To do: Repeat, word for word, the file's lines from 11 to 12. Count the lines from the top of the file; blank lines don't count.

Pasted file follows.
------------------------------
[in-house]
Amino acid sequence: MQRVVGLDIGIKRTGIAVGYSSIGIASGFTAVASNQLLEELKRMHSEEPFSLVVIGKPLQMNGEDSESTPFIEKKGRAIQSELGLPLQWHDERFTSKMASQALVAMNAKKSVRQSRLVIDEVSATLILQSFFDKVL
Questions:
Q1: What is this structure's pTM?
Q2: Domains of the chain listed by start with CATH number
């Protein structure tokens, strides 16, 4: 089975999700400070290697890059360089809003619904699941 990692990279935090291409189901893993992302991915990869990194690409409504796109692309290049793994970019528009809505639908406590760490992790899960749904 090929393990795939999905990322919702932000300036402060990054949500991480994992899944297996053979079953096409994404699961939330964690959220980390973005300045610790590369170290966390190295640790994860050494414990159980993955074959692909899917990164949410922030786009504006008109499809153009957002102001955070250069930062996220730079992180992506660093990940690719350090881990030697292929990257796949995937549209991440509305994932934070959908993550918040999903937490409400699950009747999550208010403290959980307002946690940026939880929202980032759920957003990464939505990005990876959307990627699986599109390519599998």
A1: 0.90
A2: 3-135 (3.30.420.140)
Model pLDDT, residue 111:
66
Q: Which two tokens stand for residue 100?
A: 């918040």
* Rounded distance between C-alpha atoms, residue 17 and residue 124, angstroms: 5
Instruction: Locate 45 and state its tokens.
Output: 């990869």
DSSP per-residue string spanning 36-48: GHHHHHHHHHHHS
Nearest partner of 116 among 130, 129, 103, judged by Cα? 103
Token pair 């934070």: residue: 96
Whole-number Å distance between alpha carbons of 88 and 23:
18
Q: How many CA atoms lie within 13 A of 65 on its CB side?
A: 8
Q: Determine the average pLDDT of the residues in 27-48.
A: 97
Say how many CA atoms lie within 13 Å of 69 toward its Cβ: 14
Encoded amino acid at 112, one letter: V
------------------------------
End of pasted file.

Q: Which two tokens stand for residue 100?
A: 């918040």